GPs need help to prevent NHS reforms stress

A team from GP magazine travelled to Glasgow last week to produce daily editions for the RCGP's annual primary care conference.

RCGP leaders are concerned about the design and implementation of NHS reforms and want detailed scrutiny of the process. RCGP vice-chairman Dr Steve Mowle fears GPs leading the reforms could be overwhelmed by the pressure of the clinical commissioning group (CCG) authorisation process, currently under way, at the same time as maintaining services.

But it's not just GPs leading CCGs from April 2013 who are at risk of stress and burnout. GPs without leading CCG roles may be regarded increasingly by their patients as the administrators of NHS cuts. Stress and burnout are also possible consequences for front-line GPs working from their surgeries who face the wrath of patients unhappy about the dwindling availability of services.

Writing in The Guardian last week, new BMA deputy chairman Dr Kailash Chand said commissioning as a concept was one the BMA had been advocating for years. If done properly, it could lead to a more responsive NHS.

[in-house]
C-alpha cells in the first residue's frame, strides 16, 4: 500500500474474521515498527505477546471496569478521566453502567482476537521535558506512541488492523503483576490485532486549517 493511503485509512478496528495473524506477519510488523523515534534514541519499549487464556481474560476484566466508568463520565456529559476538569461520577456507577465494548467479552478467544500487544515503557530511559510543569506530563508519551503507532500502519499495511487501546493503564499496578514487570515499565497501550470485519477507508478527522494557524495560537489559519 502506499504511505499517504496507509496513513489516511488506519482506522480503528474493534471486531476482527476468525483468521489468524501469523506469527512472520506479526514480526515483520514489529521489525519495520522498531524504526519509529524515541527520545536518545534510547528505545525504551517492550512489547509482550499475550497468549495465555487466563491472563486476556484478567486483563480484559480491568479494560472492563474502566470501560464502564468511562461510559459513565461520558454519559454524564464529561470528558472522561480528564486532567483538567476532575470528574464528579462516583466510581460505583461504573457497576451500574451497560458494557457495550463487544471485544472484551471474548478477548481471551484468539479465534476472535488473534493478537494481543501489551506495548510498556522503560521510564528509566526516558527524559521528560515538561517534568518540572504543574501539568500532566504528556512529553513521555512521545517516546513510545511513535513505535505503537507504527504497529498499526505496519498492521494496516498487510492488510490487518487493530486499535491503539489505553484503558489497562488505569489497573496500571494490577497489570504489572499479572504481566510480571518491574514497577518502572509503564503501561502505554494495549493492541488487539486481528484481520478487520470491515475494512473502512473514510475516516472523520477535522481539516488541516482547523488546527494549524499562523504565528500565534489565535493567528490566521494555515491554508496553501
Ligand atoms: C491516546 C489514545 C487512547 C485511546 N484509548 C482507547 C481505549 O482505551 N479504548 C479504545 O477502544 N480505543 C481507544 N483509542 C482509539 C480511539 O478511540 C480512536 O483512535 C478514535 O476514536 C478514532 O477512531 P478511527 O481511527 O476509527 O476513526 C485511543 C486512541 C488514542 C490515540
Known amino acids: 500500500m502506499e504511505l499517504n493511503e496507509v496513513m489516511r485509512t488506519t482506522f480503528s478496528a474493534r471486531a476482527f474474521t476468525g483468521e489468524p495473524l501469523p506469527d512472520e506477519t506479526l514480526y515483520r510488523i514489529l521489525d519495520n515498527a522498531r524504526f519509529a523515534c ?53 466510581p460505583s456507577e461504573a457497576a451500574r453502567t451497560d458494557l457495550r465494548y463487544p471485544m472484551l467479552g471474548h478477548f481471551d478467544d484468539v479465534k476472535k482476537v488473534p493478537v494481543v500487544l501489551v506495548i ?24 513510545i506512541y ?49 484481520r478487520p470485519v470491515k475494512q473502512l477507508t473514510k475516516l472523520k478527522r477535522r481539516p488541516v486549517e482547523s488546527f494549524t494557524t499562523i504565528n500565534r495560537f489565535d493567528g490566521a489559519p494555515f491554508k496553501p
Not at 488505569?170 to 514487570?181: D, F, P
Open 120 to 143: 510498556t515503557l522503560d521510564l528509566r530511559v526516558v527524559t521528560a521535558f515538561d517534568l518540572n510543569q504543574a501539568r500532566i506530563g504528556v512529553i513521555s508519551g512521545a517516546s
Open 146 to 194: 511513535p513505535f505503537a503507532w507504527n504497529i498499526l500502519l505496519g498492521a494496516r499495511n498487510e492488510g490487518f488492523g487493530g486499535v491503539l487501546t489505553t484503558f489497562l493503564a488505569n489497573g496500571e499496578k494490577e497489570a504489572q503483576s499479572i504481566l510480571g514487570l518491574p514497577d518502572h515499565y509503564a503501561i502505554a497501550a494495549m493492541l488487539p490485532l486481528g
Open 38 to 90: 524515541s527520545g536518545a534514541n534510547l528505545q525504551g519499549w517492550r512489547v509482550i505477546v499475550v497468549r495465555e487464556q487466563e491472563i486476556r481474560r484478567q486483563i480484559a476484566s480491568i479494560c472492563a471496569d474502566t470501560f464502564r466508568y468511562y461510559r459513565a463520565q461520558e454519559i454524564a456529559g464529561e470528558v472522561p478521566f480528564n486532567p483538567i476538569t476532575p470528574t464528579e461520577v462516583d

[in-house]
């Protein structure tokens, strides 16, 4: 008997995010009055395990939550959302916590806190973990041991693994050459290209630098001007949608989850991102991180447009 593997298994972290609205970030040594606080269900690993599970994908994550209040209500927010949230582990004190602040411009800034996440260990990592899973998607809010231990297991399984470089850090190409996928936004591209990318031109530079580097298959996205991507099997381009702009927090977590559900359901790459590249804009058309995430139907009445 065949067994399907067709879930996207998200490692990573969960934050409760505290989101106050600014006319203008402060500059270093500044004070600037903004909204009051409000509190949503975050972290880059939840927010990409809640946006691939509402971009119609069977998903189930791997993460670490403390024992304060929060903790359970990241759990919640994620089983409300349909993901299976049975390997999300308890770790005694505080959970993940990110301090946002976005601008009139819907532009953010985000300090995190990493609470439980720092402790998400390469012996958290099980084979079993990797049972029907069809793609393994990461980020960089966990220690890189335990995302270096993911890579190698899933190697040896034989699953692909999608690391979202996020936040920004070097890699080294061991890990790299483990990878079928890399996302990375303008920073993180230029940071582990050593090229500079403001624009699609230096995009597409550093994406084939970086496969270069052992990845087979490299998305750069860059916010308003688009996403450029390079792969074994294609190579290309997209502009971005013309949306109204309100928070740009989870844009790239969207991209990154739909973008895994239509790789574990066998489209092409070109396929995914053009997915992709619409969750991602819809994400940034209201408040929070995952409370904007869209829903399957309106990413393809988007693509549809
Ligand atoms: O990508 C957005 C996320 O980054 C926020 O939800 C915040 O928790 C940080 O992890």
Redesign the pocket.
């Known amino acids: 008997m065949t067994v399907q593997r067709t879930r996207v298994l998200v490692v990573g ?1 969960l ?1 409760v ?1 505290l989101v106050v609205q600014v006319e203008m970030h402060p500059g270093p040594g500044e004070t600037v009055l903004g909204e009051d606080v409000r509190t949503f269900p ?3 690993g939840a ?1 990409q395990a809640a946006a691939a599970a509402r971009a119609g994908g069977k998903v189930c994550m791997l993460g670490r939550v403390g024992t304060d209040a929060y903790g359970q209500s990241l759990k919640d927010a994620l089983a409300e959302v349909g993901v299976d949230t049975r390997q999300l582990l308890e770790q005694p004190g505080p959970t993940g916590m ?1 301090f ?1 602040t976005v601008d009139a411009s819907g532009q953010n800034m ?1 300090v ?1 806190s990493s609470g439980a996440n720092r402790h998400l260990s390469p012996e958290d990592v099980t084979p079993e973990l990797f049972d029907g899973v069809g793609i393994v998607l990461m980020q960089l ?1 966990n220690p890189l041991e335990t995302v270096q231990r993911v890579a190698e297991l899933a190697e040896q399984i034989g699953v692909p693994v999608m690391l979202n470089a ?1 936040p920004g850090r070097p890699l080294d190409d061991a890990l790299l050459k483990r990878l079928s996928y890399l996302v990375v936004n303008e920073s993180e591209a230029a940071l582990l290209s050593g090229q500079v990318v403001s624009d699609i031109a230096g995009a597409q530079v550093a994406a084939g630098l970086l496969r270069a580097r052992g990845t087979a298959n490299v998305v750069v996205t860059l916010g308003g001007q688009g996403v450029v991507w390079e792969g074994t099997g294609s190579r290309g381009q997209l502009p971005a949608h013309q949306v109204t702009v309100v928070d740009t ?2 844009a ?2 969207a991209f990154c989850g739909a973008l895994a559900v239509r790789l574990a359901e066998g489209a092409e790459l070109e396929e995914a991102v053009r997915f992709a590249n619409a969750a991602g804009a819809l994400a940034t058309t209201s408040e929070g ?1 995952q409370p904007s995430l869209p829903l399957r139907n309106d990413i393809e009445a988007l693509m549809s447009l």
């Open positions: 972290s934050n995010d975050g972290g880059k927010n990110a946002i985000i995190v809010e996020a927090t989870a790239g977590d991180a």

GPs may feel former health secretary Andrew Lansley did his utmost to distance the government from NHS responsibility at precisely the time they were being called on to preside over a system increasingly hit by rationing.

Dr Chand calls on new health secretary Jeremy Hunt to make a commitment to protect NHS funding. GP thinks he should go one step further. Earlier this year we reported about an Avon LMC scheme, GP Safe House, a website designed to give GPs confidential support on issues such as burnout and stress.

Isn't this exactly the sort of scheme the government should be funding across England as it expects GPs to step into the breach and transform its NHS?

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